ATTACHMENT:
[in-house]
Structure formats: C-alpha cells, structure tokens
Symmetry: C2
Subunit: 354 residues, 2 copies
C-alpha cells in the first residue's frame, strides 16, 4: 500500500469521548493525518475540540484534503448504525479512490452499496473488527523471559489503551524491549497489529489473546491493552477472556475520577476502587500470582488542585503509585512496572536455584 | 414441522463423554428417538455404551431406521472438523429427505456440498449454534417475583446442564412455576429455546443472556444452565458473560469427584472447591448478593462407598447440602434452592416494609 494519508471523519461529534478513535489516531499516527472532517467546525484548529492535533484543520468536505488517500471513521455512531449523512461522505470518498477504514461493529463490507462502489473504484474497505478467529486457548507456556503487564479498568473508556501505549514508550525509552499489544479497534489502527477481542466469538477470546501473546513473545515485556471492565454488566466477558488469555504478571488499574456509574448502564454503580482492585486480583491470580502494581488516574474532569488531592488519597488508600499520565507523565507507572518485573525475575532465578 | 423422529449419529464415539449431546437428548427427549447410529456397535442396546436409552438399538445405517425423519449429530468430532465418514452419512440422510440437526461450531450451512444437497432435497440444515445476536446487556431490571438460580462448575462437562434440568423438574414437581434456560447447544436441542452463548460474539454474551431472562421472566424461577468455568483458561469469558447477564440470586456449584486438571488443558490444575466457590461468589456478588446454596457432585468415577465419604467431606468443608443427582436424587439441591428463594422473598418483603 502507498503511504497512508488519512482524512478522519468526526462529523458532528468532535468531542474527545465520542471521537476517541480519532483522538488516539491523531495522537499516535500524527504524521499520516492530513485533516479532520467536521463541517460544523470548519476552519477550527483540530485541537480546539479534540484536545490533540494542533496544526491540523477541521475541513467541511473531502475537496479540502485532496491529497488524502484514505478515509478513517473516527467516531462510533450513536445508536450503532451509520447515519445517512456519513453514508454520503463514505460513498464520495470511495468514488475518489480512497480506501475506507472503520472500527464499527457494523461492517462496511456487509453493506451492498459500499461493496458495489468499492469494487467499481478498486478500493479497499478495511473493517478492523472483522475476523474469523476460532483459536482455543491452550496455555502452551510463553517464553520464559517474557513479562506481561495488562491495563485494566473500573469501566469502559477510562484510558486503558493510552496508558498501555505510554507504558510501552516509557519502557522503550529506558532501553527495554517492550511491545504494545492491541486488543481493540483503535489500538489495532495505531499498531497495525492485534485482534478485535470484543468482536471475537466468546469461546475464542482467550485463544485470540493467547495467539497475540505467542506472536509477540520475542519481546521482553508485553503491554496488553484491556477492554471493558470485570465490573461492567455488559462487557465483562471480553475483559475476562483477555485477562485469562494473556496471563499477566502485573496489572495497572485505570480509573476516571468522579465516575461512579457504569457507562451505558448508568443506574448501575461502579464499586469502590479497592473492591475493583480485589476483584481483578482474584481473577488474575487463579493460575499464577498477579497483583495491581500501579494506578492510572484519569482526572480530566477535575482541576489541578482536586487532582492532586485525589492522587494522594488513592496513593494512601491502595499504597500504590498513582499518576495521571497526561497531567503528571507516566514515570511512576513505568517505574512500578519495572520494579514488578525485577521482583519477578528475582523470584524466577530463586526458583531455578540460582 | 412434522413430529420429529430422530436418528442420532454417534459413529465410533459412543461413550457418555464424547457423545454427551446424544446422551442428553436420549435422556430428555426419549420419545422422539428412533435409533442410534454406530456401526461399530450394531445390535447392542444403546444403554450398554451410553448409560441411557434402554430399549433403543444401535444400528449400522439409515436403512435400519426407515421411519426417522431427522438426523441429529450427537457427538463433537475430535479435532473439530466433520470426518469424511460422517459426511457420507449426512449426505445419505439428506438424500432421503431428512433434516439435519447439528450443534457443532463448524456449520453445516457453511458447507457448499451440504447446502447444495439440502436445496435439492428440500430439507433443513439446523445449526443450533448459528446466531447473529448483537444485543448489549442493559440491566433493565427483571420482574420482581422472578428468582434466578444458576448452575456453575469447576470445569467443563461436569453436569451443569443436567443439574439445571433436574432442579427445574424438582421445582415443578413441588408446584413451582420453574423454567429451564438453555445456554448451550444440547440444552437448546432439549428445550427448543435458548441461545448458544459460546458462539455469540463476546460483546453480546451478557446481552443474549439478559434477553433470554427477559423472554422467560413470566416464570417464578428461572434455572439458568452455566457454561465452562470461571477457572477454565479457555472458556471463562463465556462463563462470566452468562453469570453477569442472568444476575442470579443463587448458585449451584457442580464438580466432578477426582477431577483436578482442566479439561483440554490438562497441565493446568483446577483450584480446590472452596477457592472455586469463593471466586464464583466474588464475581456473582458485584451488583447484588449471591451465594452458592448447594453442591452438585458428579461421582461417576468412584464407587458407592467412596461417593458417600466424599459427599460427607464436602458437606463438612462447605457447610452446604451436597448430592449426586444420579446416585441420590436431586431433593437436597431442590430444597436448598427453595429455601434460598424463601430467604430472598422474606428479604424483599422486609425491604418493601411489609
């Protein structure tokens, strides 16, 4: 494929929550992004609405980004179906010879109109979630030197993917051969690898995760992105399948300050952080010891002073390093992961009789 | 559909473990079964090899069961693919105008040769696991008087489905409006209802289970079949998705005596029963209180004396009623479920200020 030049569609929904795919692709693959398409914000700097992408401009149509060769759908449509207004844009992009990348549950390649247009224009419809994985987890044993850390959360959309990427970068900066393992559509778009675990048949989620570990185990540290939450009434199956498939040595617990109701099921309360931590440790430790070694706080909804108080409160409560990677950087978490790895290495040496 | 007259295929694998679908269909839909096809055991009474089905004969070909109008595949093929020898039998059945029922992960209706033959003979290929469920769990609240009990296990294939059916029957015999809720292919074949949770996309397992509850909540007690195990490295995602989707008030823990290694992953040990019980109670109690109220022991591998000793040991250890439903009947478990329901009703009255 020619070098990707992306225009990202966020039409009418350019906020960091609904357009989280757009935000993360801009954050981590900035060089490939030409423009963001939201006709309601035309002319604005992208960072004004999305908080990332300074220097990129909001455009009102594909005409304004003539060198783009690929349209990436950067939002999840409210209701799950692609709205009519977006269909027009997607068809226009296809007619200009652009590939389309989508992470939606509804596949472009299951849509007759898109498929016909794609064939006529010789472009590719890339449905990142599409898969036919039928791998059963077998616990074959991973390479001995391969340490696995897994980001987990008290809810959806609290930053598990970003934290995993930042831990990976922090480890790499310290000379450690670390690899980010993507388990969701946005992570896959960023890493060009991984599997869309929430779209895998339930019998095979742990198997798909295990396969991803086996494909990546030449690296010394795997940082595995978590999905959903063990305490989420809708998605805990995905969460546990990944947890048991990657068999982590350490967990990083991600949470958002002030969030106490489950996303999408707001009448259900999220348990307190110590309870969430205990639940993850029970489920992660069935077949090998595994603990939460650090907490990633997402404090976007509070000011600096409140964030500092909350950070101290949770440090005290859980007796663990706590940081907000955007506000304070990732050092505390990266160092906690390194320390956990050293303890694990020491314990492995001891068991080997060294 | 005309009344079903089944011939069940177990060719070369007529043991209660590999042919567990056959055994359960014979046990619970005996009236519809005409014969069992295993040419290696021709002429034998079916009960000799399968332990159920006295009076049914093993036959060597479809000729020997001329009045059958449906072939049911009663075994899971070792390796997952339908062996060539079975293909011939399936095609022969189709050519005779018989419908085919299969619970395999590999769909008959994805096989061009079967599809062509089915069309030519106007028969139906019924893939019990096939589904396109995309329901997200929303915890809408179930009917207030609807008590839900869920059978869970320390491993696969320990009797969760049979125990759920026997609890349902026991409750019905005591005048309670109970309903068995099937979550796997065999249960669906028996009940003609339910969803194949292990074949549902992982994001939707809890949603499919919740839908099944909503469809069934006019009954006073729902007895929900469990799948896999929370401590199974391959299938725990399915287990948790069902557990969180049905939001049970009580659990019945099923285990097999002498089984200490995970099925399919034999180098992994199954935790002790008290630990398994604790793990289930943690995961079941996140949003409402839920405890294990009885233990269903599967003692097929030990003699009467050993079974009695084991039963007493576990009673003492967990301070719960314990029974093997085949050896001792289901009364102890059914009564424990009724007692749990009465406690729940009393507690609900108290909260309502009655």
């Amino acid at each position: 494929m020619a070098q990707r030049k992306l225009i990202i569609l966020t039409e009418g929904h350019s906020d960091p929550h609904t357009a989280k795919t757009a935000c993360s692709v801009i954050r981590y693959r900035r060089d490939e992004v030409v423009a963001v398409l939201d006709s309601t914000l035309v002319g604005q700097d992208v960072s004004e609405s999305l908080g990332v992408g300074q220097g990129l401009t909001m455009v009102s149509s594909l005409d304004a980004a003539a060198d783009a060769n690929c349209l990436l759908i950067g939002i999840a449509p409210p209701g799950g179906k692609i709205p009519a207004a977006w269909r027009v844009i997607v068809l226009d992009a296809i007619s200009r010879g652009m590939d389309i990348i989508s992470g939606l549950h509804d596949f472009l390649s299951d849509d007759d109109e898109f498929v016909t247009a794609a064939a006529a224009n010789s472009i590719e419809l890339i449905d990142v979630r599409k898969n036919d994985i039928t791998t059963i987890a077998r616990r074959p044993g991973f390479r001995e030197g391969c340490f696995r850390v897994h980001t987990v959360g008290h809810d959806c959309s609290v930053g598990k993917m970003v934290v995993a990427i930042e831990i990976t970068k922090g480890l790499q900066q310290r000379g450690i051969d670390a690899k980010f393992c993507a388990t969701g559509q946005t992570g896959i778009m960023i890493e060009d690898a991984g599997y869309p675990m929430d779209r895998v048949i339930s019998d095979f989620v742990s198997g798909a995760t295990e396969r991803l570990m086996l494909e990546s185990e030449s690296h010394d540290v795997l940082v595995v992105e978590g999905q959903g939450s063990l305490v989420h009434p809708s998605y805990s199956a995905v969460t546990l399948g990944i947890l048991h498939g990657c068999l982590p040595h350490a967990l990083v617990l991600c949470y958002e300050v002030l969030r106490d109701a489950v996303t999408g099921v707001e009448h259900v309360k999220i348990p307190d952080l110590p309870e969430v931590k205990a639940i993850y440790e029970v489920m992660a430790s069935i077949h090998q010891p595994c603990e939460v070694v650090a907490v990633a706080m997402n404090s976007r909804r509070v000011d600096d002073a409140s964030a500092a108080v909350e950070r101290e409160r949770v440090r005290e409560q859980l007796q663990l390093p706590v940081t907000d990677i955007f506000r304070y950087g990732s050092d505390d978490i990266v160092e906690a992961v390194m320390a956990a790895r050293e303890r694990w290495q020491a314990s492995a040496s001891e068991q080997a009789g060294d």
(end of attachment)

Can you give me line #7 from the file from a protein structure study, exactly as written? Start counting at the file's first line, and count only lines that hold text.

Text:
């Amino acid at each position: 494929m020619a070098q990707r030049k992306l225009i990202i569609l966020t039409e009418g929904h350019s906020d960091p929550h609904t357009a989280k795919t757009a935000c993360s692709v801009i954050r981590y693959r900035r060089d490939e992004v030409v423009a963001v398409l939201d006709s309601t914000l035309v002319g604005q700097d992208v960072s004004e609405s999305l908080g990332v992408g300074q220097g990129l401009t909001m455009v009102s149509s594909l005409d304004a980004a003539a060198d783009a060769n690929c349209l990436l759908i950067g939002i999840a449509p409210p209701g799950g179906k692609i709205p009519a207004a977006w269909r027009v844009i997607v068809l226009d992009a296809i007619s200009r010879g652009m590939d389309i990348i989508s992470g939606l549950h509804d596949f472009l390649s299951d849509d007759d109109e898109f498929v016909t247009a794609a064939a006529a224009n010789s472009i590719e419809l890339i449905d990142v979630r599409k898969n036919d994985i039928t791998t059963i987890a077998r616990r074959p044993g991973f390479r001995e030197g391969c340490f696995r850390v897994h980001t987990v959360g008290h809810d959806c959309s609290v930053g598990k993917m970003v934290v995993a990427i930042e831990i990976t970068k922090g480890l790499q900066q310290r000379g450690i051969d670390a690899k980010f393992c993507a388990t969701g559509q946005t992570g896959i778009m960023i890493e060009d690898a991984g599997y869309p675990m929430d779209r895998v048949i339930s019998d095979f989620v742990s198997g798909a995760t295990e396969r991803l570990m086996l494909e990546s185990e030449s690296h010394d540290v795997l940082v595995v992105e978590g999905q959903g939450s063990l305490v989420h009434p809708s998605y805990s199956a995905v969460t546990l399948g990944i947890l048991h498939g990657c068999l982590p040595h350490a967990l990083v617990l991600c949470y958002e300050v002030l969030r106490d109701a489950v996303t999408g099921v707001e009448h259900v309360k999220i348990p307190d952080l110590p309870e969430v931590k205990a639940i993850y440790e029970v489920m992660a430790s069935i077949h090998q010891p595994c603990e939460v070694v650090a907490v990633a706080m997402n404090s976007r909804r509070v000011d600096d002073a409140s964030a500092a108080v909350e950070r101290e409160r949770v440090r005290e409560q859980l007796q663990l390093p706590v940081t907000d990677i955007f506000r304070y950087g990732s050092d505390d978490i990266v160092e906690a992961v390194m320390a956990a790895r050293e303890r694990w290495q020491a314990s492995a040496s001891e068991q080997a009789g060294d």